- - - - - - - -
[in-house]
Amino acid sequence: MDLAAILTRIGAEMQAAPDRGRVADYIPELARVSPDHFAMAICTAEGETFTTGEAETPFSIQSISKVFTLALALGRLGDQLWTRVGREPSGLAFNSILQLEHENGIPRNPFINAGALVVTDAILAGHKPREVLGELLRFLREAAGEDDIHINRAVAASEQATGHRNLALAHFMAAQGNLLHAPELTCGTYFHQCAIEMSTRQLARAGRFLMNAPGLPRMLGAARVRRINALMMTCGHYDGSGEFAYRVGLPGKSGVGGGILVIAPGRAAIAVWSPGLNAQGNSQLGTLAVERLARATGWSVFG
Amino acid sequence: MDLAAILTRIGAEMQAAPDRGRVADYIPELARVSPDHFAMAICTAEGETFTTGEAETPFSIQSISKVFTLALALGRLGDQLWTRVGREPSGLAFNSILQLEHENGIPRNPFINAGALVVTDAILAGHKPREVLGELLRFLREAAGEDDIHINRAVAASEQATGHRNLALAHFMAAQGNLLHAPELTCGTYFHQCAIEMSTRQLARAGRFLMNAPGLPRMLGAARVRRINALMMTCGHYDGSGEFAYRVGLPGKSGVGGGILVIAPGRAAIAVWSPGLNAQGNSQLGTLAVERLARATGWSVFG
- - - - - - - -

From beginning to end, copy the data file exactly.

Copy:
[in-house]
Amino acid sequence: MDLAAILTRIGAEMQAAPDRGRVADYIPELARVSPDHFAMAICTAEGETFTTGEAETPFSIQSISKVFTLALALGRLGDQLWTRVGREPSGLAFNSILQLEHENGIPRNPFINAGALVVTDAILAGHKPREVLGELLRFLREAAGEDDIHINRAVAASEQATGHRNLALAHFMAAQGNLLHAPELTCGTYFHQCAIEMSTRQLARAGRFLMNAPGLPRMLGAARVRRINALMMTCGHYDGSGEFAYRVGLPGKSGVGGGILVIAPGRAAIAVWSPGLNAQGNSQLGTLAVERLARATGWSVFG
Amino acid sequence: MDLAAILTRIGAEMQAAPDRGRVADYIPELARVSPDHFAMAICTAEGETFTTGEAETPFSIQSISKVFTLALALGRLGDQLWTRVGREPSGLAFNSILQLEHENGIPRNPFINAGALVVTDAILAGHKPREVLGELLRFLREAAGEDDIHINRAVAASEQATGHRNLALAHFMAAQGNLLHAPELTCGTYFHQCAIEMSTRQLARAGRFLMNAPGLPRMLGAARVRRINALMMTCGHYDGSGEFAYRVGLPGKSGVGGGILVIAPGRAAIAVWSPGLNAQGNSQLGTLAVERLARATGWSVFG